DREAM.3D v6 User Manual
What is DREAM.3D?

Introduction

Welcome to DREAM.3D, an open source, cross-platform and modular software package that allows users to reconstruct, instantiate, quantify, mesh, handle and visualize multidimensional, multimodal data. The core software package has many major functionalities, including:

  • Import a series of Electron Backscatter Diffraction (EBSD) data files (either TSL .ang or HKL .ctf) or images (.bmp, .jpeg, .tif or .png) as a 3D volume and export the data packed into a single HDF5 data file in order to reduce data size and clutter
  • Alignment, cleaning, reconstruction, segmentation and analysis of imported data
  • Statistics, either synthetically created or from real data, can be used to generate a statistically equivelent material structure
  • Reconstructed and synthetic volumes can be surfaced meshed to allow export into FEM or other simulations.

The above items represent only a subset of the specific capabilities of DREAM.3D. In general, DREAM.3D can be considered a generic tool for processing multidimensional, multimodal data. While DREAM.3D was originally designed to analyze microstructure data, the development of an abstract and powerful data structure allows for analysis of not just generic materials data, but also multidimensional data in general.

DREAM.3D makes data analysis simple and straight forward, while providing state-of-the-art functionality. The development of more features is always on going and the DREAM.3D development team welcomes your feedback, whether you are first time user or seasoned scientist!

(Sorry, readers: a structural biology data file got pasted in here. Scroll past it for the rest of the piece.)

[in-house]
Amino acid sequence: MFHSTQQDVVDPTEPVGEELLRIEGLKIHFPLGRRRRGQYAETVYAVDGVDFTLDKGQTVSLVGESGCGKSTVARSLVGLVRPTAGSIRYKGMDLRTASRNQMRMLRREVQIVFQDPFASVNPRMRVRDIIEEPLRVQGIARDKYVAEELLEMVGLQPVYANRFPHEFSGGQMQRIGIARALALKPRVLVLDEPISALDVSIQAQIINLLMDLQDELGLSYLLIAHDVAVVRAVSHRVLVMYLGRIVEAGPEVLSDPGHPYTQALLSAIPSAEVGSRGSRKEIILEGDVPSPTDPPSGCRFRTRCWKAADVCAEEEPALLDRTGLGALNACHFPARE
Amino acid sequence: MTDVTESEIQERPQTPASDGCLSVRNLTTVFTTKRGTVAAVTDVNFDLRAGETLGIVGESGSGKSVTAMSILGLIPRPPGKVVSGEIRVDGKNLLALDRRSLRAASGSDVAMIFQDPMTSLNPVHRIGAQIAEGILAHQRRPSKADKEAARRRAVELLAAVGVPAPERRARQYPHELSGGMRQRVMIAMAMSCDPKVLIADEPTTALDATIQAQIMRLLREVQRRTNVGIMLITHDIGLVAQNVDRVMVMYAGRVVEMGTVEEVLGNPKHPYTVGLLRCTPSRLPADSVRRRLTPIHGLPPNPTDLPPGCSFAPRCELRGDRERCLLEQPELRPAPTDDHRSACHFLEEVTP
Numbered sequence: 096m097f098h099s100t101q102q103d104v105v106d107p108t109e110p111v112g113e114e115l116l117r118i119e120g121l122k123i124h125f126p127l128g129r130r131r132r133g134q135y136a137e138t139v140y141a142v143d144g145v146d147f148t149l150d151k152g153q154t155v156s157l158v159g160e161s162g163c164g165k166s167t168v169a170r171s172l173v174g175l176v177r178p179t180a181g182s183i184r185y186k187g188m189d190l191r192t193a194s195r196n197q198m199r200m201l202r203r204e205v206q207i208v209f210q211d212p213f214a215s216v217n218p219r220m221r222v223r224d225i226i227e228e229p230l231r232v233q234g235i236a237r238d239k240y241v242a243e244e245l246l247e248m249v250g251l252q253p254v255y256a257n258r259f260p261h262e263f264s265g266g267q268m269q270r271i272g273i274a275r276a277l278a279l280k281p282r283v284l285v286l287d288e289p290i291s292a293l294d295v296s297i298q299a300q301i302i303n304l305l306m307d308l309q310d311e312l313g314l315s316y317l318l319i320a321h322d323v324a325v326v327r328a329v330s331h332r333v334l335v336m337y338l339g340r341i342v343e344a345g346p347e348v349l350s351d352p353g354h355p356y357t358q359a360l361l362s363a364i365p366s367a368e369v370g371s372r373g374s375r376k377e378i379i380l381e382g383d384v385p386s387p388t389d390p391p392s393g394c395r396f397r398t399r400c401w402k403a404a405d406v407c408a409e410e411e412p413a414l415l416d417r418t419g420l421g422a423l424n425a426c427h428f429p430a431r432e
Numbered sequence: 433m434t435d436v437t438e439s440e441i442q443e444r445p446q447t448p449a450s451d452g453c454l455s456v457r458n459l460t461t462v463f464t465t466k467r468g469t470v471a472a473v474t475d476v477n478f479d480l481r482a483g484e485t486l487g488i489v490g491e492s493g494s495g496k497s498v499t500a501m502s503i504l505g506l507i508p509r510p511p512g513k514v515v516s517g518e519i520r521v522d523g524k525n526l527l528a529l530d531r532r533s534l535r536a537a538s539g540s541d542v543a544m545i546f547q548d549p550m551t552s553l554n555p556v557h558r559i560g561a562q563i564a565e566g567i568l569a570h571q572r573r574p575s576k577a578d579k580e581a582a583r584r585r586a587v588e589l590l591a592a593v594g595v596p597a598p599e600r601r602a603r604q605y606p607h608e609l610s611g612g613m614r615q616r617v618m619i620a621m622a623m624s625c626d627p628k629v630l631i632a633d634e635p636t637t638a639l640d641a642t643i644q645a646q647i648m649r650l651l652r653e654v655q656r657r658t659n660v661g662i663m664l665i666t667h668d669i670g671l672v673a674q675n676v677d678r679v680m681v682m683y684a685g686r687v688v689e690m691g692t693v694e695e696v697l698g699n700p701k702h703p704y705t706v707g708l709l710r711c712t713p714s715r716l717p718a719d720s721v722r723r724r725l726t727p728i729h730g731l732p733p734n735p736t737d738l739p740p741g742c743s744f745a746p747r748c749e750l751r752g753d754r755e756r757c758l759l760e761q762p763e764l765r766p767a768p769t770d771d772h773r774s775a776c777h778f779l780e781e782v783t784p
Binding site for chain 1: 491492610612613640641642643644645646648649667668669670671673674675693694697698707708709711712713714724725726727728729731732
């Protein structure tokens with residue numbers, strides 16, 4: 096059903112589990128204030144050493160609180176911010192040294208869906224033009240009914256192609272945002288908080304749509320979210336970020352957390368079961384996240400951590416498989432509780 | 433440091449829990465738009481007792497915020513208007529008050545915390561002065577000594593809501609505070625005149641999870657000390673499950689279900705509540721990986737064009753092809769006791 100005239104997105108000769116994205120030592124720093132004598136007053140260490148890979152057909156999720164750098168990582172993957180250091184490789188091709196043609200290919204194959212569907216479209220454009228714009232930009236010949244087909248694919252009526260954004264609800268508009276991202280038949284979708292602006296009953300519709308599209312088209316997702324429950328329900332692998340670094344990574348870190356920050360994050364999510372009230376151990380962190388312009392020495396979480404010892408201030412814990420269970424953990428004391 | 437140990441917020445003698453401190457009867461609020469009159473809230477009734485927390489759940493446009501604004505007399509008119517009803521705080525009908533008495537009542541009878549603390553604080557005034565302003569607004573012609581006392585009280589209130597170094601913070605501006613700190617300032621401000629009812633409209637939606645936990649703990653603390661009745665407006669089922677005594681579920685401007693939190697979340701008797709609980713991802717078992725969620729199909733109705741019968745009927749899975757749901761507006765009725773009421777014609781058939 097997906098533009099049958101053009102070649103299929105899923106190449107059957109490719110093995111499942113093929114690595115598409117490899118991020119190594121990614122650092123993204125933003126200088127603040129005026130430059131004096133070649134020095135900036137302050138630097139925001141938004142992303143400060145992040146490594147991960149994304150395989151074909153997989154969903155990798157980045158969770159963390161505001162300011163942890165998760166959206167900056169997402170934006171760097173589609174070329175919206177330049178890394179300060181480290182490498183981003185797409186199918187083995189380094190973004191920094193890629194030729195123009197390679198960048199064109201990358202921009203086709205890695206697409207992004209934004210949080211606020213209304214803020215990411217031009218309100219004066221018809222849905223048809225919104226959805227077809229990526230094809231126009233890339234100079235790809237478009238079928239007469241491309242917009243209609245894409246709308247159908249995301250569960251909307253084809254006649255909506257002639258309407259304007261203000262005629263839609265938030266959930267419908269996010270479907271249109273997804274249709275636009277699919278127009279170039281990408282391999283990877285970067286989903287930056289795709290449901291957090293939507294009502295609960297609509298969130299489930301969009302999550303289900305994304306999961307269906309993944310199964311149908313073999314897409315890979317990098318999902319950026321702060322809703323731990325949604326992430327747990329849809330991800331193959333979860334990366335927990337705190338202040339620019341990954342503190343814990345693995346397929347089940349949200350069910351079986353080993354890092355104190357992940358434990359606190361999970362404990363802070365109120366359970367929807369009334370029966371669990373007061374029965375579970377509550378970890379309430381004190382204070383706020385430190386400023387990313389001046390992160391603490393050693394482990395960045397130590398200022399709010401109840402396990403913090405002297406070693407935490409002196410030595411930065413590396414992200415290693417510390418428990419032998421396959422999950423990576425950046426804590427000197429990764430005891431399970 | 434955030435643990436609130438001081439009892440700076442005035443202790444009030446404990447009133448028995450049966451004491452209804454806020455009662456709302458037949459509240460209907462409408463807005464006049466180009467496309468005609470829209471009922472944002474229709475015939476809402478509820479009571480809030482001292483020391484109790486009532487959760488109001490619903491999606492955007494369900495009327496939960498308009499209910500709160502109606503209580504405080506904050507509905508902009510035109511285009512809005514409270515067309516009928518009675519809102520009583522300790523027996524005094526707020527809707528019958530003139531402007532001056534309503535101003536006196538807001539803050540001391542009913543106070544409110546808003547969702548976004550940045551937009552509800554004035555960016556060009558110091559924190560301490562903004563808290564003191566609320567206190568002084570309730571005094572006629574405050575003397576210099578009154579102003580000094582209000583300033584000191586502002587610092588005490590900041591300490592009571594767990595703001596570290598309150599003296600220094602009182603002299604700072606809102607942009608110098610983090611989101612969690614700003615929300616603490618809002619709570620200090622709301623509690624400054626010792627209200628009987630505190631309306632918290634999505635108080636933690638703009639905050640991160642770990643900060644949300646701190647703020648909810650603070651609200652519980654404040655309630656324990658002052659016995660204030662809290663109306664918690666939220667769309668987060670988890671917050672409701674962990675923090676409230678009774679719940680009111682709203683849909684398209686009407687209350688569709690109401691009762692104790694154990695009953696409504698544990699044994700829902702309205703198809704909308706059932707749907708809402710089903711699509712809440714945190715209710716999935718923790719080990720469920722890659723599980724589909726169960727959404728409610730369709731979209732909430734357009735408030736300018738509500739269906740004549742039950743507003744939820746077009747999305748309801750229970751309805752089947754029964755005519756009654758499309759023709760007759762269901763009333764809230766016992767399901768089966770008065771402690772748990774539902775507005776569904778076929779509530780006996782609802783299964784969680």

Getting Help

Please consider signing up for the DREAM.3D Users Google group! It's the fastest way to ask your DREAM.3D questions, get help with using DREAM.3D, and connect with both developers and the community at large. If you are interested in contributing to the DREAM.3D project, please visit our GitHub page, where all the DREAM.3D source code is hosted, and also sign up to the DREAM.3D Developers Google group to get help with compiling and adding to DREAM.3D. If you find an error with DREAM.3D or want to request a new feature, please head over to GitHub and open up an issue.

Contributing to DREAM.3D

Want to contribute to DREAM.3D? We welcome community contributions! The DREAM.3D project utilizes the fork and pull model for development. Feel free to head over the to DREAM.3D GitHub page to get started. Have a Plugin you'd like to see distributed with the DREAM.3D binary, but don't want it merged into the main DREAM.3D repository? We also offer curated Plugins that are stored on our parent GitHub page. These Plugins are ones we really like, and so we distribute them with the DREAM.3D binaries, but the original authors of the Plugins remain responsible for maintaining them. Feel free to contact the DREAM.3D development team if you're interesting in curated Plugins.